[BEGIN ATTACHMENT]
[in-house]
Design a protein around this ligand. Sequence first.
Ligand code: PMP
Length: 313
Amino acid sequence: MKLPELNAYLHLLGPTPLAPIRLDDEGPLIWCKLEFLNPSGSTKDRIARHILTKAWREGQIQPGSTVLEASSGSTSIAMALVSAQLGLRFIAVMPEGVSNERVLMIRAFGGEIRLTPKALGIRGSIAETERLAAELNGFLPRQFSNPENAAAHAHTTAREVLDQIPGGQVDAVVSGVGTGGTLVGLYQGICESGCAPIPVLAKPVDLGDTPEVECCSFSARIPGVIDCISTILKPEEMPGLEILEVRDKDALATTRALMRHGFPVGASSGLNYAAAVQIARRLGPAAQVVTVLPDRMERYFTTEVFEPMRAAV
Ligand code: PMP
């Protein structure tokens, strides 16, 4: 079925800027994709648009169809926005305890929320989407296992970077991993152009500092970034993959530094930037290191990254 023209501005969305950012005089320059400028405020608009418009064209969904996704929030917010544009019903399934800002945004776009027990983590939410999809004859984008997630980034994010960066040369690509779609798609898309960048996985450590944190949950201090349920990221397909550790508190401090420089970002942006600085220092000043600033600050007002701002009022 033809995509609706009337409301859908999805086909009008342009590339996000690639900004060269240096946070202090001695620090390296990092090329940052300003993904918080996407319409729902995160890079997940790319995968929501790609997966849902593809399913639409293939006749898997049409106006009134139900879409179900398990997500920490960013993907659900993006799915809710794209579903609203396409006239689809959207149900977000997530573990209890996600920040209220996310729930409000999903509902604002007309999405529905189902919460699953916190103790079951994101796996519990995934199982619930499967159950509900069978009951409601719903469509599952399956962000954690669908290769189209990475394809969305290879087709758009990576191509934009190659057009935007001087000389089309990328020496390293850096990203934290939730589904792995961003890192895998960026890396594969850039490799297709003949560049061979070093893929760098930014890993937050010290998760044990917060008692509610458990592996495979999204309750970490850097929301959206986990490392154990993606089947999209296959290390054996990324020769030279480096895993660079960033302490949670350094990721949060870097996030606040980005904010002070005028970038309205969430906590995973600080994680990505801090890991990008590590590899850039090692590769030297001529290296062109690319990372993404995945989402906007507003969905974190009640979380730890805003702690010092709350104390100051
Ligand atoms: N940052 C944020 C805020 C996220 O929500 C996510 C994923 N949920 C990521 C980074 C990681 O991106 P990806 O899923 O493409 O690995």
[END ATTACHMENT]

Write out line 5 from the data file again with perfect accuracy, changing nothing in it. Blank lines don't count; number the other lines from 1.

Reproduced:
Amino acid sequence: MKLPELNAYLHLLGPTPLAPIRLDDEGPLIWCKLEFLNPSGSTKDRIARHILTKAWREGQIQPGSTVLEASSGSTSIAMALVSAQLGLRFIAVMPEGVSNERVLMIRAFGGEIRLTPKALGIRGSIAETERLAAELNGFLPRQFSNPENAAAHAHTTAREVLDQIPGGQVDAVVSGVGTGGTLVGLYQGICESGCAPIPVLAKPVDLGDTPEVECCSFSARIPGVIDCISTILKPEEMPGLEILEVRDKDALATTRALMRHGFPVGASSGLNYAAAVQIARRLGPAAQVVTVLPDRMERYFTTEVFEPMRAAV